Happy Summer Solstice Day! Are you joining the celebration today? The summer solstice, the longest day of the year in the northern hemisphere, is known as “midsummer” or St. John’s Day in certain parts of the world, and it’s a day to celebrate. We’ve already dedicated a blog post to the science of the equinoxes and solstices, so we thought that we’d dedicate some time to the human side of the sun: summer solstice celebrations near and far. We hope this will inspire some new adventures for you!
Revel in Mystery
One of the most famous and mysterious sites on the planet is Stonehenge in the United Kingdom. The prehistoric site, a major tourist destination, is still shrouded in a lot of mystery, as researchers still can’t precisely explain its purpose. One thing we do know is that the stones seemed to be aligned to the solstices, with the sun reaching the middle of the stones only on the Summer Solstice day. However, opinion is mixed as to whether or not that means it was built specifically to worship the sun and its movement.
Either way, it’s a place to behold and, if you are in a traveling mood, it’s a place for you to visit and explore. A visitor’s center, café, tour and other helpful resources are available to those who make the trip. It’s obviously crowded on Summer Solstice day, but if you believe The Telegraph, the best time to visit may actually be during the winter.
Light up the Night
Alpine nations like Austria are known to light fires in the mountains on Midsummer day to maintain the traditions of their ancestors. People of other European traditions light bonefires to keep the shorter, darker days from returning. In Spain, bonfires burn in honor of St. John the Baptist as part of a host of midsummer celebrations. Want to get in on that kind of celebration right here in New England? Rhode Island’s famous WaterFire will have a full lighting in Providence this weekend. Stoke the flames, listen to music, celebrate the season and hold back the winter!
Dance Like the Sun Won’t Set
Midsummer festivals in Sweden often involve a Maypole, a tall poll erected and decorated with greenery and flowers. People dance with and around the pole during the Midsummer festival. The festival also includes games and family fun, with great food as well.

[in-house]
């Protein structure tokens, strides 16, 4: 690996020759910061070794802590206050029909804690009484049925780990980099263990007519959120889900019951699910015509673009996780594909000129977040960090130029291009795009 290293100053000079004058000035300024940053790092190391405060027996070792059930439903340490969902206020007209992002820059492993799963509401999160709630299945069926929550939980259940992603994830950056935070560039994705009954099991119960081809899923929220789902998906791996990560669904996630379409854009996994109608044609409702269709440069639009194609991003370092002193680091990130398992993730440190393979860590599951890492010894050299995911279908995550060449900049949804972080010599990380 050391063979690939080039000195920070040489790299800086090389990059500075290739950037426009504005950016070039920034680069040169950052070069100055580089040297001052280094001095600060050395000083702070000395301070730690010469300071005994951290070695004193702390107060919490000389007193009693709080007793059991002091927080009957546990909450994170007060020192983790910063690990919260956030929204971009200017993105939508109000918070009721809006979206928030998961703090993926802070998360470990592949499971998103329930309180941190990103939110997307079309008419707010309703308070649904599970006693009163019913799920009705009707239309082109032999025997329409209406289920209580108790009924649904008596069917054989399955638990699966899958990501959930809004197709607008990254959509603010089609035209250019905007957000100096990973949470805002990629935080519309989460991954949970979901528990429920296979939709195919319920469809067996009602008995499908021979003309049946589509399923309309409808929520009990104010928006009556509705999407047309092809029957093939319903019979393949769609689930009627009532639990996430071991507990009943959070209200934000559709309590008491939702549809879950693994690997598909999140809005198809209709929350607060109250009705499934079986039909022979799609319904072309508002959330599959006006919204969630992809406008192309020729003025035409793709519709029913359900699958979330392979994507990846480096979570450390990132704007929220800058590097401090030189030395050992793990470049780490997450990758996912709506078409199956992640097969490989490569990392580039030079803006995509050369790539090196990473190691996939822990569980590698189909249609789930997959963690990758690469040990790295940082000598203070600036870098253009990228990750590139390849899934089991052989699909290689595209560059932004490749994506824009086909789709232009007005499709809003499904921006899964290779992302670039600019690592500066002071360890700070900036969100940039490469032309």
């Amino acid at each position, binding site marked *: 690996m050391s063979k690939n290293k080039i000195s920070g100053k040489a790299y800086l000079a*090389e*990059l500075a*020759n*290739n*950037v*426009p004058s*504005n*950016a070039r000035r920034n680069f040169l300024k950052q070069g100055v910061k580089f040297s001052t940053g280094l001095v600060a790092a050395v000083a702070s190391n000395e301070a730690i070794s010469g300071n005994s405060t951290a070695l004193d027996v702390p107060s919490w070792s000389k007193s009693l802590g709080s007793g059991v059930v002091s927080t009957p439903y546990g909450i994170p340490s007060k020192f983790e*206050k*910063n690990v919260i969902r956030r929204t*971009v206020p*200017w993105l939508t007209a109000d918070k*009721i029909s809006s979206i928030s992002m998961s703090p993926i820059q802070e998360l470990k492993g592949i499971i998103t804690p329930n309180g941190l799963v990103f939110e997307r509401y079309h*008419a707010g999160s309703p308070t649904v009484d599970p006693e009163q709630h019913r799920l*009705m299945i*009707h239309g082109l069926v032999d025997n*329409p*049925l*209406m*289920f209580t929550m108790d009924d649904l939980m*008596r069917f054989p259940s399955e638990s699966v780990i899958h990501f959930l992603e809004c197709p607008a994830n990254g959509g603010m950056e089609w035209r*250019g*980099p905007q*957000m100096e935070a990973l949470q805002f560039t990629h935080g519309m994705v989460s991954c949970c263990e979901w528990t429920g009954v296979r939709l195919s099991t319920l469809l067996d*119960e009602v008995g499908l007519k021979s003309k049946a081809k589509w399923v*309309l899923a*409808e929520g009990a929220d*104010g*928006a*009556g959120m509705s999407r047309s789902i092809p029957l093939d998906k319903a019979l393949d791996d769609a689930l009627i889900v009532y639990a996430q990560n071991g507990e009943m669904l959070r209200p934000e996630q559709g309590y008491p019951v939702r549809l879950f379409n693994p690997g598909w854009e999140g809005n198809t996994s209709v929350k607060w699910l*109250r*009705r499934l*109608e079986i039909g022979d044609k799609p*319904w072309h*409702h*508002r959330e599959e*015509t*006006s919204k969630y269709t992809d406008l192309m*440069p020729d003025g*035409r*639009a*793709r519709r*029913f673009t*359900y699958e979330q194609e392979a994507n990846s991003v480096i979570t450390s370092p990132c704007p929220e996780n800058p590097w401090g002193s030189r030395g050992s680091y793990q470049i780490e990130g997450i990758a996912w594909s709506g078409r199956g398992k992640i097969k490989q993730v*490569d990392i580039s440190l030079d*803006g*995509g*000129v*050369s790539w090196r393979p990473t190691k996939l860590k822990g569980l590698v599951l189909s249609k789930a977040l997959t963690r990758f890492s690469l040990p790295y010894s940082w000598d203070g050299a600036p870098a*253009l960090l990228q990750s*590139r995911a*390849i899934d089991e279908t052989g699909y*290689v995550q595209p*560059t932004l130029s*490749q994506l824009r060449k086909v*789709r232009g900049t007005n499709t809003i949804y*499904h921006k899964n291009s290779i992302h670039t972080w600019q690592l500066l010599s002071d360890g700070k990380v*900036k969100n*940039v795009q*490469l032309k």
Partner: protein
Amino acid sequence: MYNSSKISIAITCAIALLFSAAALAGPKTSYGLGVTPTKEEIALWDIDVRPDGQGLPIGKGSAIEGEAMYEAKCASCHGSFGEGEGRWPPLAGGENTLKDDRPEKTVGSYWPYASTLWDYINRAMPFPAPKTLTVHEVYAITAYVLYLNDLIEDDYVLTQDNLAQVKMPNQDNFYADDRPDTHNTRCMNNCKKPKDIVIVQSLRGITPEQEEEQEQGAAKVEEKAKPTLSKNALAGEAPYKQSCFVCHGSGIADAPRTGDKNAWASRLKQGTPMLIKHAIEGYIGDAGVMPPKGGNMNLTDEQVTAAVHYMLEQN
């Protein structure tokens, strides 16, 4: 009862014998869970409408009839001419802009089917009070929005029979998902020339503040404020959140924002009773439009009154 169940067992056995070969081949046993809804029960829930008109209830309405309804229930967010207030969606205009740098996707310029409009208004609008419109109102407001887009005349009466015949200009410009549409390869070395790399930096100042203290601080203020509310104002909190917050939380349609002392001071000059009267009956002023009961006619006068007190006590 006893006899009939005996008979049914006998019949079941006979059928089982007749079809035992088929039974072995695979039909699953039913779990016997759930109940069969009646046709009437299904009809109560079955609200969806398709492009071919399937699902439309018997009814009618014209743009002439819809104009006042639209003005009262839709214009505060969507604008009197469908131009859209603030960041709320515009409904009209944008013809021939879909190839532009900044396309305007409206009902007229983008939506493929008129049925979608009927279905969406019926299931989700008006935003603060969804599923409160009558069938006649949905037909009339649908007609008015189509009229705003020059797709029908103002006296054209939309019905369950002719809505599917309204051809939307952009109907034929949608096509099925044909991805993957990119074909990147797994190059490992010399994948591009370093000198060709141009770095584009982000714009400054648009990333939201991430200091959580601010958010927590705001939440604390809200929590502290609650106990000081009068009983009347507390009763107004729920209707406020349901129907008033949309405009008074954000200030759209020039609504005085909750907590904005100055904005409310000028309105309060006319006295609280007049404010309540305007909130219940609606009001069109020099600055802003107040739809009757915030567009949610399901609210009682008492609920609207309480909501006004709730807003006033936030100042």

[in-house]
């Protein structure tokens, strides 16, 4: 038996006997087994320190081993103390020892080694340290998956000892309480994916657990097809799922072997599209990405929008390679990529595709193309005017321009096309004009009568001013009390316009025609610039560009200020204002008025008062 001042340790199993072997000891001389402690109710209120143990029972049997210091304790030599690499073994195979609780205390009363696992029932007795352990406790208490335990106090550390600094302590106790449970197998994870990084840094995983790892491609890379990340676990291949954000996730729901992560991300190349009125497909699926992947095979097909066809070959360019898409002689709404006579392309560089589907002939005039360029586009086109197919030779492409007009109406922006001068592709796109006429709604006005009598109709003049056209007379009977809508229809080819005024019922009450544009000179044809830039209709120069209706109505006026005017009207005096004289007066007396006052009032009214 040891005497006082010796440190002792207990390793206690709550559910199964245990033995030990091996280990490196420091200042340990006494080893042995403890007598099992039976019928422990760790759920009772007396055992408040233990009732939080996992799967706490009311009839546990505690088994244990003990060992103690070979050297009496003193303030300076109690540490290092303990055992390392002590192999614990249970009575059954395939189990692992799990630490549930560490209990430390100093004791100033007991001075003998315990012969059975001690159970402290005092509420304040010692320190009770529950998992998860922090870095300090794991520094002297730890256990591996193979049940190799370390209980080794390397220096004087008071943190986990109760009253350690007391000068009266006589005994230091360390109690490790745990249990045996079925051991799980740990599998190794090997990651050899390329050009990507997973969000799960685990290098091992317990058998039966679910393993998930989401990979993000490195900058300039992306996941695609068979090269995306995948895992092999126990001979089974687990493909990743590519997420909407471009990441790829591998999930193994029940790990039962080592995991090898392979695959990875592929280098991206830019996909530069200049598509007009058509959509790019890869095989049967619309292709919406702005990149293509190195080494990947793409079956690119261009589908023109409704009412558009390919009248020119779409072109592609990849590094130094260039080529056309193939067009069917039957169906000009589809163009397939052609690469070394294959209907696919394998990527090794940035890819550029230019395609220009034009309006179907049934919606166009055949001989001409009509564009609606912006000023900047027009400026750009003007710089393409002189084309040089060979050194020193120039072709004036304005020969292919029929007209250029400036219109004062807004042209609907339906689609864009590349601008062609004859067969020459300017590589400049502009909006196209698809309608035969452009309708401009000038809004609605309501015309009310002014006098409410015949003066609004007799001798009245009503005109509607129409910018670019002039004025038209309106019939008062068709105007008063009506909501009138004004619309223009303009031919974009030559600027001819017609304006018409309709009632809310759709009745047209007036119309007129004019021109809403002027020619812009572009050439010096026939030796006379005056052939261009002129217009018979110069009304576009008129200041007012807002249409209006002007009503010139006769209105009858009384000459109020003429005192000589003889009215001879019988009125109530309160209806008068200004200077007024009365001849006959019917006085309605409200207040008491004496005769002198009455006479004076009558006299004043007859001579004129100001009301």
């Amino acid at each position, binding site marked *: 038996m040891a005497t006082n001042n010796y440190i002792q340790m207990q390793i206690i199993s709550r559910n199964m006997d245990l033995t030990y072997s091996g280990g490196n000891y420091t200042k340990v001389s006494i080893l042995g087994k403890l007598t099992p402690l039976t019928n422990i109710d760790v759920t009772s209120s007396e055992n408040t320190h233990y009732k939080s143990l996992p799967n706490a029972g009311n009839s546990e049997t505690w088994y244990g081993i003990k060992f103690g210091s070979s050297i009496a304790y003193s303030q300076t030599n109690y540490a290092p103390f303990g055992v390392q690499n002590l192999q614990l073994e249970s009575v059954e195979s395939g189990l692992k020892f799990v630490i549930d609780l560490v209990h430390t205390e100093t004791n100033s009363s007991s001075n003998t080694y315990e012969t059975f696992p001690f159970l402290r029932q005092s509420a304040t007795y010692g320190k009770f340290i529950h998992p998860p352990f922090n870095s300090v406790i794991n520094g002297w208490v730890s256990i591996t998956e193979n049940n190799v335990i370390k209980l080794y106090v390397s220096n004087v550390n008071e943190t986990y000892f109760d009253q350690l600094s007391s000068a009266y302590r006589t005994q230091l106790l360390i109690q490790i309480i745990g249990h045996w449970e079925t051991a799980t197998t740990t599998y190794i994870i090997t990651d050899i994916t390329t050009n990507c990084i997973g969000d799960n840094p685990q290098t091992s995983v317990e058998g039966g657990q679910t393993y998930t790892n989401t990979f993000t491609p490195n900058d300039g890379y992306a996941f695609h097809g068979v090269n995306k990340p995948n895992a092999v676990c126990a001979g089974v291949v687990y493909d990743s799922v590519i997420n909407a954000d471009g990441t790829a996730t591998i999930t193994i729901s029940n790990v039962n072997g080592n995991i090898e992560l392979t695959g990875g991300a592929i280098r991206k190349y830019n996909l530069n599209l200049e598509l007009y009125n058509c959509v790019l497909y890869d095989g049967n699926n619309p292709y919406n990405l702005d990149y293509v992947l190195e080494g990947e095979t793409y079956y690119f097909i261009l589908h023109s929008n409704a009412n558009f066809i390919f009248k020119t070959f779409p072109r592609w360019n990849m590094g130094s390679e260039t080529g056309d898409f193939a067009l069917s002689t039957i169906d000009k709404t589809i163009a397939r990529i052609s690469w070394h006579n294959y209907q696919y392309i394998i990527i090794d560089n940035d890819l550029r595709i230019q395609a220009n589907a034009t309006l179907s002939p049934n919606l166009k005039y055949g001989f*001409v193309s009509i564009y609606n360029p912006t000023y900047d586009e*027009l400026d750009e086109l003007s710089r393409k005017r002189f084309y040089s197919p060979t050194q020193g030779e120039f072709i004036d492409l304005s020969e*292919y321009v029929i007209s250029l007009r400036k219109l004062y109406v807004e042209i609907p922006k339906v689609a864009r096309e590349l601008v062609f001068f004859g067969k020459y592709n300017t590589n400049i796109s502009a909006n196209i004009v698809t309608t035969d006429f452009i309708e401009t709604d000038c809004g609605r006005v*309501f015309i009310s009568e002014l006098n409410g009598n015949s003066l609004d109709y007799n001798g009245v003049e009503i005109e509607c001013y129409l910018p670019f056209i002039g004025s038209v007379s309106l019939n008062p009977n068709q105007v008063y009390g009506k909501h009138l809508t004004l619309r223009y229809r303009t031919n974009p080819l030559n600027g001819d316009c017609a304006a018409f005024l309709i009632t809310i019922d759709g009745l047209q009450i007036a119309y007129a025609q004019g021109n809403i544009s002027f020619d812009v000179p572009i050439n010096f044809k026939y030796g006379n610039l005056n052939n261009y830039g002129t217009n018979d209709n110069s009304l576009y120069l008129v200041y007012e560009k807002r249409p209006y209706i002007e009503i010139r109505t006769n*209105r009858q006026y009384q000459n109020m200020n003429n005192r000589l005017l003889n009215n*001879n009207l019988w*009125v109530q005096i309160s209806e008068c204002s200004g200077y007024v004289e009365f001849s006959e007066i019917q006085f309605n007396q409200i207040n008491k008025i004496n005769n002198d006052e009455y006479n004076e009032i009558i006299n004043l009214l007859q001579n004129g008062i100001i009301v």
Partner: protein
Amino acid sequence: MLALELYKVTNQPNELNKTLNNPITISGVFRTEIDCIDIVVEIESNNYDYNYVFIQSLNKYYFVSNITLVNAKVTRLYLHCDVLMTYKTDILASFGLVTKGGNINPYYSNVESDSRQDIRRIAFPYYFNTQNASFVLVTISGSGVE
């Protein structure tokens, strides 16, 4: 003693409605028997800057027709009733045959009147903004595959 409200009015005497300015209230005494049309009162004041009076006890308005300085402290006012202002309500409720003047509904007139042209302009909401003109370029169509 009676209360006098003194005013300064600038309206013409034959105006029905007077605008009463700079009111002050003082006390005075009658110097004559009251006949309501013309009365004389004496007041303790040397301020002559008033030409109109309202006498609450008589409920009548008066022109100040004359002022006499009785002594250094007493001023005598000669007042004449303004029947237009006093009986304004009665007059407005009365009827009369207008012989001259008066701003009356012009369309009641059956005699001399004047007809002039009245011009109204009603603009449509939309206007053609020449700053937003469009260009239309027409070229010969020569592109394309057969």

Dancing in the company of others isn’t just a Swedish tradition. Midsummer festivals around the world involve dancing. Iceland hosts a three-day music festival around the solstice in celebration of the sun practically not setting for the three days around the solstice. Ontario, Canada hosts its annual Summer Solstice Indigenous Festival during this time, celebrating the art, culture and history of the Aboriginal Peoples of Canada.
Sample a Bit from the Melting Pot
Even Harvard gets in on the midsummer celebrations by offering free programing and entertainment at the Harvard Museums of Science & Culture on solstice day. From 5 to 9pm today, the museum is offering free admission into the museum as well as performances, music and activities for all ages recognizing a myriad of cultures and traditions surrounding the solstice. Food trucks will be around, not to mention plenty of yummy offerings in and around Harvard Square. If you are looking for a good, local way to celebrate the longest day of the year, that may be a good place to go! Take the red line to Harvard Square, walk through The Yard and head to 11 Divinity Avenue for the festivities.
Near or far, this year or next, take part in a Midsummer tradition! The sun is wonderful all on its own, but to be able to celebrate its cycle with community is even better. Who knows where your wanderings and adventures will take you?
Share some of your own celebrations with us on Facebook! We want to know what the longest day of the year means to you!
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